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Reeth, North Riding of Yorkshire

[Up to 1834] [After 1834] [Staff] [Inmates] [Records] [Bibliography] [Links]

Up to 1834

There were a number of township poorhouses in the western dales where downturns in the local lead mining industry could cause periodic surges in the numbers requiring poor relief. Arkengarthdale had a poorhouse in operation by 1751, and Melbecks by 1768 (Hastings, 1996). Grinton had a parish workhouse from at least 1752 when the parish registers mention the death of paupers in the establishment. Between 1813 and 1827 Grinton was a member of the Bainbridge Gilbert Union workhouse. Reeth's original parish workhouse was erected in around 1753 on Back Lane.

An 1857 map shows an old workhouse at Arkle Town near Langthwaite, perhaps the former Arkengarthdale workhouse.

Arkle Town workhouse site, 1857.

After 1834

In 1837, Reeth became part of the new Richmond Poor law Union. However, its remoteness caused travelling problems for paupers, Guardians, and the Relieving Officer, particularly in winter. On occasions, the Guardians for Reeth, Arkengarthdale, Grinton, Marrick and Ellerton Abbey met in Reeth so that relief claimants could avoid the journey to Richmond to have their applications heard.

On 27th April 1840, Reeth became a separate Poor Law Union. Its operation was overseen by an elected Board of Guardians, 11 in number, representing its 7 constituent parishes as listed below (figures in brackets indicate numbers of Guardians if more than one):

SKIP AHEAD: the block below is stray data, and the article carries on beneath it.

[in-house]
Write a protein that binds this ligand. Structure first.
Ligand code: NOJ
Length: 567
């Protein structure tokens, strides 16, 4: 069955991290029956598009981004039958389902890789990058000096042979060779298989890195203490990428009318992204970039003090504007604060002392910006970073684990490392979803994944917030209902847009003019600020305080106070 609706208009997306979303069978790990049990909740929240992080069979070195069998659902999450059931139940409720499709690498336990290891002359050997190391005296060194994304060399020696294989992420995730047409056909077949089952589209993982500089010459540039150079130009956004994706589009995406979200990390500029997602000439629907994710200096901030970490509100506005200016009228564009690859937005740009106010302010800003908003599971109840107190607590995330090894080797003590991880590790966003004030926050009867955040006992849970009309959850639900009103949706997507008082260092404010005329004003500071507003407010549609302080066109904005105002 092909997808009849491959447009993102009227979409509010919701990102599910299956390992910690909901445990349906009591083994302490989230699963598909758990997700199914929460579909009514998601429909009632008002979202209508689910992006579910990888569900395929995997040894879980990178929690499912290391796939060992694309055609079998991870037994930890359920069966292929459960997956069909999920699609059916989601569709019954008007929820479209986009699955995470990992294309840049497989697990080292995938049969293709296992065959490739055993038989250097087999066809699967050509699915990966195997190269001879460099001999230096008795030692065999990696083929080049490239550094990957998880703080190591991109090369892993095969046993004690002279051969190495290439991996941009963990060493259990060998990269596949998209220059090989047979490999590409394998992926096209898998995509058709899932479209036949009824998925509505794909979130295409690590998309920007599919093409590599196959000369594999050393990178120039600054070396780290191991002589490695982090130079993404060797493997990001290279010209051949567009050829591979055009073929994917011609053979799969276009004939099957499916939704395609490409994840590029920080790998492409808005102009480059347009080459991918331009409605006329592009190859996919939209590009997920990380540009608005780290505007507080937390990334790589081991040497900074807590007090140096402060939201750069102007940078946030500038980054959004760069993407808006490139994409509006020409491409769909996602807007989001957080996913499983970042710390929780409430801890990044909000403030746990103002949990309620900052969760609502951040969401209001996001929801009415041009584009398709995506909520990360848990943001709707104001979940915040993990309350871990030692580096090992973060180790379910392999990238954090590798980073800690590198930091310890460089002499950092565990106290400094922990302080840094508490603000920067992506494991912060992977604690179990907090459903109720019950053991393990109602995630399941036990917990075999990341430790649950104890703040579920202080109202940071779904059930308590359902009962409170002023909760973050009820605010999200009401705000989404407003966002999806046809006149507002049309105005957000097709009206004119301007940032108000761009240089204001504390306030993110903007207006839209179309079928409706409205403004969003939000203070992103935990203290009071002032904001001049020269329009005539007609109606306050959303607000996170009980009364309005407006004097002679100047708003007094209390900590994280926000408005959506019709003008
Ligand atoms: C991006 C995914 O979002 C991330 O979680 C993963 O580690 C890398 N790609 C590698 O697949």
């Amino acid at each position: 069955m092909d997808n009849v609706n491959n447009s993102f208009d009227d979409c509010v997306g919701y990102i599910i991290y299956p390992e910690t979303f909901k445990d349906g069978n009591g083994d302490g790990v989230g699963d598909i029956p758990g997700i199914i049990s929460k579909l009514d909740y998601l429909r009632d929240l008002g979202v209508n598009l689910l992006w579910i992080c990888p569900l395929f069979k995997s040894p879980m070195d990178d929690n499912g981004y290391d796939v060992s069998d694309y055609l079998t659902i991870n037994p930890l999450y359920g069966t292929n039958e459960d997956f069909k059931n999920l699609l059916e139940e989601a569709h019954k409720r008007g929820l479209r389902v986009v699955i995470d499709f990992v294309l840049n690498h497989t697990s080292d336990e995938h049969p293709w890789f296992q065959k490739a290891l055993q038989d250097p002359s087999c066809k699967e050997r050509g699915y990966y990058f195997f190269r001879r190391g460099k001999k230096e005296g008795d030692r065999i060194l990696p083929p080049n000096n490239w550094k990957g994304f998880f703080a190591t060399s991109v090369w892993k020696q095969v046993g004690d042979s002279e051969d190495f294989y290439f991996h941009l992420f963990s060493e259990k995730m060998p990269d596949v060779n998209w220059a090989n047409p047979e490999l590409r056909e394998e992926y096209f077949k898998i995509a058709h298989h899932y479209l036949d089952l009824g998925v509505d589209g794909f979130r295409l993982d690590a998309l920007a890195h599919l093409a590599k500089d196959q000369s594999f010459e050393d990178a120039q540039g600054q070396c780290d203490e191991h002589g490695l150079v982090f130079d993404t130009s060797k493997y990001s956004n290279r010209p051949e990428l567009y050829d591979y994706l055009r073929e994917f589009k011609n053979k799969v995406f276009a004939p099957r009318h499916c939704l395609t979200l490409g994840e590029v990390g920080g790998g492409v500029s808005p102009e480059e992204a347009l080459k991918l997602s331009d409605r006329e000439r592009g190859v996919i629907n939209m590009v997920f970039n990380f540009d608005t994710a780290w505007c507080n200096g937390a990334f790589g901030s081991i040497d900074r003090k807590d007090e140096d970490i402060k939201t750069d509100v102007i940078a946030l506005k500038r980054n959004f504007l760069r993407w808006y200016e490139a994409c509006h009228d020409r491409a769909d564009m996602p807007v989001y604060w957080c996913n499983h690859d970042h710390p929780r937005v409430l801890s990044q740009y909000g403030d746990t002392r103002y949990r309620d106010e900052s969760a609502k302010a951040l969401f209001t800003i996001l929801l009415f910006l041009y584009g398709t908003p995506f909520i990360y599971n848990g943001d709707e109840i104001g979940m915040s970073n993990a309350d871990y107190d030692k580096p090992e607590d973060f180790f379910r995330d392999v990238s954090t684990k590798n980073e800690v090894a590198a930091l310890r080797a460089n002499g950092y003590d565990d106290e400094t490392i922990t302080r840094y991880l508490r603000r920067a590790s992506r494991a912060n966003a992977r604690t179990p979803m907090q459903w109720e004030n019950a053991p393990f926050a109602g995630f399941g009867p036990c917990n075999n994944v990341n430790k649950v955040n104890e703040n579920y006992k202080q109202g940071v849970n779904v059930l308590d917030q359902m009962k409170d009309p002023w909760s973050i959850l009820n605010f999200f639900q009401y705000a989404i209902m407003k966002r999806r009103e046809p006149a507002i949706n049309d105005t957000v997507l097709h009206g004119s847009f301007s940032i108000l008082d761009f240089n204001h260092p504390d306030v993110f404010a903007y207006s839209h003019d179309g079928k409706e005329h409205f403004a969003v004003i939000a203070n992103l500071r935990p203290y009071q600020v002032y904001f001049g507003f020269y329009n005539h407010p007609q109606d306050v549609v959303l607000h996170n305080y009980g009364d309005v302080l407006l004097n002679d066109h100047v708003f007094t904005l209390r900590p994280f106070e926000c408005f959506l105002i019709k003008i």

North Riding of Yorkshire: Arkengarthdale (2), Ellerton Abbey, Grinton, Marrick, Melbecks (2), Muker (2), Reeth (2).

The population falling within the Union at the 1831 census had been 7,020 with parishes ranging in size from Ellerton Abbey (population 61) to Reeth itself (1,456).

An old mansion, just to the east of the old parish workhouse, was purchased for £700 and converted for use as the Reeth Union workhouse to accommodate up to sixty inmates. Its location is shown on the 1912 map below.

Reeth site, 1912.

Reeth from the north, 2001.
© Peter Higginbotham.

Reeth from the north, 2001.
© Peter Higginbotham.

The Reeth workhouse lacked many of the normal workhouse facilities and, in the daytime, segregation of inmates extended only to separating males and females. Alterations were made in 1845 to separate the sick from the healthy inmates.

The 1857 map identifies a workhouse building at Grinton, presumably its old parish workhouse. It could have been used at this date as an auxiliary workhouse to the main workhouse at Reeth.

Grinton workhouse, 1857.

At the date of the abolition of Boards of Guardians in 1930, the Reeth workhouse had only six inmates and was closed down.

Part of the former Reeth workhouse building is now (2001) The Copper Kettle Tea Rooms, and the remainder has been adapted for residential accommodation.

Staff

Inmates

Records

Note: many repositories impose a closure period of up to 100 years for records identifying individuals.

Bibliography

  • Hastings, P (1996) Richmond and Reeth Workhouses (Ripon Museum Trust leaflet)

Links

  • The union's early correspondence with the central poor-law authorities is online on the TNA website .

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